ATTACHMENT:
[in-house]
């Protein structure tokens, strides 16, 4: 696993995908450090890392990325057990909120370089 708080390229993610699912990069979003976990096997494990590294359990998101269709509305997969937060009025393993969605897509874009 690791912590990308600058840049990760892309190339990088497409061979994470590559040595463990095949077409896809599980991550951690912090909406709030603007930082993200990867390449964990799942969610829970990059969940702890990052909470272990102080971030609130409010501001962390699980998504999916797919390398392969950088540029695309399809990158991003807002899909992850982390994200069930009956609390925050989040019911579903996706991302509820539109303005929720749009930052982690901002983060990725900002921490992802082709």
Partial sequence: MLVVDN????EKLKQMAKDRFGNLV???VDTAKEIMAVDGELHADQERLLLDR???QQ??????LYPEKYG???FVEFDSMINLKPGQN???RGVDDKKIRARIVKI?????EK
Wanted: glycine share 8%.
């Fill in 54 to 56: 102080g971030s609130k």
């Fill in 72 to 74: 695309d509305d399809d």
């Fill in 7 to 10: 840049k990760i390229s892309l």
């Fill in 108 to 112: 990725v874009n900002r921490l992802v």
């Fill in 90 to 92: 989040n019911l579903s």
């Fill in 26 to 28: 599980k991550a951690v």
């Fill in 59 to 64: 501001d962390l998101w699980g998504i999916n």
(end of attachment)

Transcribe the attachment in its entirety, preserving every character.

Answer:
[in-house]
């Protein structure tokens, strides 16, 4: 696993995908450090890392990325057990909120370089 708080390229993610699912990069979003976990096997494990590294359990998101269709509305997969937060009025393993969605897509874009 690791912590990308600058840049990760892309190339990088497409061979994470590559040595463990095949077409896809599980991550951690912090909406709030603007930082993200990867390449964990799942969610829970990059969940702890990052909470272990102080971030609130409010501001962390699980998504999916797919390398392969950088540029695309399809990158991003807002899909992850982390994200069930009956609390925050989040019911579903996706991302509820539109303005929720749009930052982690901002983060990725900002921490992802082709």
Partial sequence: MLVVDN????EKLKQMAKDRFGNLV???VDTAKEIMAVDGELHADQERLLLDR???QQ??????LYPEKYG???FVEFDSMINLKPGQN???RGVDDKKIRARIVKI?????EK
Wanted: glycine share 8%.
């Fill in 54 to 56: 102080g971030s609130k």
């Fill in 72 to 74: 695309d509305d399809d």
């Fill in 7 to 10: 840049k990760i390229s892309l």
């Fill in 108 to 112: 990725v874009n900002r921490l992802v």
């Fill in 90 to 92: 989040n019911l579903s």
């Fill in 26 to 28: 599980k991550a951690v």
């Fill in 59 to 64: 501001d962390l998101w699980g998504i999916n």